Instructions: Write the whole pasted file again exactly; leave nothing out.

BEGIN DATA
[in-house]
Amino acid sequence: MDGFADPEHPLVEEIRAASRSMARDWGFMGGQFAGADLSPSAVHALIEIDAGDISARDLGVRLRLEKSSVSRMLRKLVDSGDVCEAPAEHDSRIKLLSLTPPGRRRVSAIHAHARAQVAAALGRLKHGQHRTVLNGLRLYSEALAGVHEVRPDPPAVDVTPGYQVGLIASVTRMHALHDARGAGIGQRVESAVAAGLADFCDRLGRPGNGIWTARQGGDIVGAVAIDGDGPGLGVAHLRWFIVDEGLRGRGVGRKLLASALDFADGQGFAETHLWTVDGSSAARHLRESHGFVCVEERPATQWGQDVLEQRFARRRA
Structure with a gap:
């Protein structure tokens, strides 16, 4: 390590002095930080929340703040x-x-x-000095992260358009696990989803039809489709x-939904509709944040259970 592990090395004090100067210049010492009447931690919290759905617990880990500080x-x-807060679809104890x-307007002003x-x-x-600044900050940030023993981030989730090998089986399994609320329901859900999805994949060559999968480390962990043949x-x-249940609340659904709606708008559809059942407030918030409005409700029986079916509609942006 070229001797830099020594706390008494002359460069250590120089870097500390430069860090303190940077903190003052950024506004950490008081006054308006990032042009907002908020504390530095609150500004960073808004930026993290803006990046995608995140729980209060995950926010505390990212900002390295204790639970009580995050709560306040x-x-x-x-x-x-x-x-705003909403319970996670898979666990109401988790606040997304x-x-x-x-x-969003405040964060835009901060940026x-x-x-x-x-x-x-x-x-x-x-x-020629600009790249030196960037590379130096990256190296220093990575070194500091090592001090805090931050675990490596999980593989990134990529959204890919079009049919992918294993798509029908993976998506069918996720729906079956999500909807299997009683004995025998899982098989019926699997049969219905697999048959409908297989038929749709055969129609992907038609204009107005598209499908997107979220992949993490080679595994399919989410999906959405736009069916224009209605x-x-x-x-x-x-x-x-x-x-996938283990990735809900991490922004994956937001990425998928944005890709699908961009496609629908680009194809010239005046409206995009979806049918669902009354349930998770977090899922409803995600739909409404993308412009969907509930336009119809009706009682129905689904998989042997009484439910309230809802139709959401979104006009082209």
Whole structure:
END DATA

[in-house]
Amino acid sequence: MDGFADPEHPLVEEIRAASRSMARDWGFMGGQFAGADLSPSAVHALIEIDAGDISARDLGVRLRLEKSSVSRMLRKLVDSGDVCEAPAEHDSRIKLLSLTPPGRRRVSAIHAHARAQVAAALGRLKHGQHRTVLNGLRLYSEALAGVHEVRPDPPAVDVTPGYQVGLIASVTRMHALHDARGAGIGQRVESAVAAGLADFCDRLGRPGNGIWTARQGGDIVGAVAIDGDGPGLGVAHLRWFIVDEGLRGRGVGRKLLASALDFADGQGFAETHLWTVDGSSAARHLRESHGFVCVEERPATQWGQDVLEQRFARRRA
Structure with a gap:
């Protein structure tokens, strides 16, 4: 390590002095930080929340703040x-x-x-000095992260358009696990989803039809489709x-939904509709944040259970 592990090395004090100067210049010492009447931690919290759905617990880990500080x-x-807060679809104890x-307007002003x-x-x-600044900050940030023993981030989730090998089986399994609320329901859900999805994949060559999968480390962990043949x-x-249940609340659904709606708008559809059942407030918030409005409700029986079916509609942006 070229001797830099020594706390008494002359460069250590120089870097500390430069860090303190940077903190003052950024506004950490008081006054308006990032042009907002908020504390530095609150500004960073808004930026993290803006990046995608995140729980209060995950926010505390990212900002390295204790639970009580995050709560306040x-x-x-x-x-x-x-x-705003909403319970996670898979666990109401988790606040997304x-x-x-x-x-969003405040964060835009901060940026x-x-x-x-x-x-x-x-x-x-x-x-020629600009790249030196960037590379130096990256190296220093990575070194500091090592001090805090931050675990490596999980593989990134990529959204890919079009049919992918294993798509029908993976998506069918996720729906079956999500909807299997009683004995025998899982098989019926699997049969219905697999048959409908297989038929749709055969129609992907038609204009107005598209499908997107979220992949993490080679595994399919989410999906959405736009069916224009209605x-x-x-x-x-x-x-x-x-x-996938283990990735809900991490922004994956937001990425998928944005890709699908961009496609629908680009194809010239005046409206995009979806049918669902009354349930998770977090899922409803995600739909409404993308412009969907509930336009119809009706009682129905689904998989042997009484439910309230809802139709959401979104006009082209």
Whole structure: